This project started with the logo design. The client had a rough idea of what they wanted, but we still had to dive into the details and figure it out. We did this one step at a time.
They knew that they wanted a shield of some sort, but they weren’t sure what shape they wanted, so we looked at a ton of different shields and picked one together. Then I presented them with a collection of fonts that I felt expressed their brand and their product. I tried to select fonts that felt strong, sleek and futuristic. The one we ultimately based our design on checks all of those boxes.
- Graphic Design 45%
- Web Design 40%
- Fajitas 10%
Fun Fact – There is a reason the font seems paradoxically futuristic and oldschool at the same time: It is because the font is very similar to those found on 60s and 70s muscle cars! That could also be the reason that the font has a strong reliable feeling or maybe it’s just the shape
Next, I modified the font to make it more unique to their brand. I initially envisioned a flat logo, since that is what I typically recommend for a logo that will be printed frequently; However the client wanted some sort of depth or 3D element to their brand. I was fairly confident that I understood their vision, but I was somewhat hesitant to make it happen because I was worried it would look dated. Despite my reservations I went ahead with the request, because ultimately it was their logo, not mine. I painstakingly added hand drawn reflections and gradients to each element of the logo, and I was pleasantly surprised with the result. It did feel a little bit old school, but it’s different than what I would have done on my own and I like it. It can be really interesting to blend someone else’s vision with your style. It is kind of like playing someone else’s song. For better or for worse, the result is a unique combination of your style and the original composition.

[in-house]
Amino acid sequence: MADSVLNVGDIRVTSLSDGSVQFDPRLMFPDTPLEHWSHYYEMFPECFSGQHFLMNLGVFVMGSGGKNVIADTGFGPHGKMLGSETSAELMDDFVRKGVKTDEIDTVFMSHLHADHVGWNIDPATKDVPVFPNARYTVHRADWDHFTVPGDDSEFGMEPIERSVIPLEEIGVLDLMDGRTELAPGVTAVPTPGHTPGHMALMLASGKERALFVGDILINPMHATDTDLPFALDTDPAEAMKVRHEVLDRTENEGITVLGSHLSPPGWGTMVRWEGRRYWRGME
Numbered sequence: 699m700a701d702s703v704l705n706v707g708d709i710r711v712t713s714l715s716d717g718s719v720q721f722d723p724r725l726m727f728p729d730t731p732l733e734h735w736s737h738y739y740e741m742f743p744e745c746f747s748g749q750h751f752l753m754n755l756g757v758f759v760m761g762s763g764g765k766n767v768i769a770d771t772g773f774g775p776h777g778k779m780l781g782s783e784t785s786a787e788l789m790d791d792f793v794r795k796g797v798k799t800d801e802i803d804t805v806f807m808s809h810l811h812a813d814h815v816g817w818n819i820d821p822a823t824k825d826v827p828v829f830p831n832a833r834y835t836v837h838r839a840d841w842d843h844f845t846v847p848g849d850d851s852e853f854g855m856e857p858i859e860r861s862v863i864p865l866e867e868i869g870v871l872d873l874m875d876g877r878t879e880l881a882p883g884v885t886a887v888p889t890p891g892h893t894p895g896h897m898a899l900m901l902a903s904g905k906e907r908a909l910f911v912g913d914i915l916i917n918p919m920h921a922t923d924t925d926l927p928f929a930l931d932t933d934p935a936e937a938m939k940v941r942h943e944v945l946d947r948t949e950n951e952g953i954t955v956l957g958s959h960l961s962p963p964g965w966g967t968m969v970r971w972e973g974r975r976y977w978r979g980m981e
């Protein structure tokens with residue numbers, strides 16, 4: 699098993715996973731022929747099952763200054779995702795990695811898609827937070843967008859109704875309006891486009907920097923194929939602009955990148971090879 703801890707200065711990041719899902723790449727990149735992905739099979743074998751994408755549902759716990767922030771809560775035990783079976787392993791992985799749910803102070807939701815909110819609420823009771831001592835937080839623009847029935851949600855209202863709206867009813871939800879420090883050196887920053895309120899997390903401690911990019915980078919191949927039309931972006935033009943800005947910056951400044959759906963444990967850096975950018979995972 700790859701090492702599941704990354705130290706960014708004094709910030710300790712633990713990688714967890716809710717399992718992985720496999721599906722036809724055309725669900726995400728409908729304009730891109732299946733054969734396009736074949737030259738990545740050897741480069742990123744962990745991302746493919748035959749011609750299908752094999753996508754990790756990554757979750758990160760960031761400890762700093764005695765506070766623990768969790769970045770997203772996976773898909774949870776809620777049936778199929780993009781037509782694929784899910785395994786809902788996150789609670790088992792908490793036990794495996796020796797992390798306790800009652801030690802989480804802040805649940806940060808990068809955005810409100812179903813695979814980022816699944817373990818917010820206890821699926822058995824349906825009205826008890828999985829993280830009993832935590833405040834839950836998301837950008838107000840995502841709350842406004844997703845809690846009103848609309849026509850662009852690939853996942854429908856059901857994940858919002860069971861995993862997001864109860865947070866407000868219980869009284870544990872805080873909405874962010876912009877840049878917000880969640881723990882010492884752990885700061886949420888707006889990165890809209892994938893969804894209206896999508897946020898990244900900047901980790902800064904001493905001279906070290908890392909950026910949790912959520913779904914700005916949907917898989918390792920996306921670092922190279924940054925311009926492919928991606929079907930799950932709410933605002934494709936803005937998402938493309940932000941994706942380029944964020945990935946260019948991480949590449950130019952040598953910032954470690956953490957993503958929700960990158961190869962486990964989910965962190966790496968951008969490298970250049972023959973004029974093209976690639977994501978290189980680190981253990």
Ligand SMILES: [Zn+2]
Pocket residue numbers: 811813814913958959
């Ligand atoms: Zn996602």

We actually ended up using several variations of the logo for assorted marketing applications. I’m really pleased with the way each variation turned out. My favorite version is probably the one that was printed on the paper insert that shipped with the cases. This is kind of funny because it’s the item that was bound to be thrown away or recycled. 🙂
The last thing I worked on for Wisdenite was a pretty simple little website with a lot of style. I tried to use imagery that would evoke a sense of contemporary technology. That may sound strange, especially since I didn’t use any specific tech imagery, but the colors and the overall vibe somehow conveys something sleek and modern. Everything was in line with the brand aesthetic and the clients were thrilled.
Fun Fact #2 – Since the website was designed before the release of the first phone case, I didn’t actually have any of them in hand for product photography. All I had was one low quality picture from the manufacturer for the upcoming case model. I cleaned it up and faked different angles in Photoshop. I think it turned out pretty well, all things considered.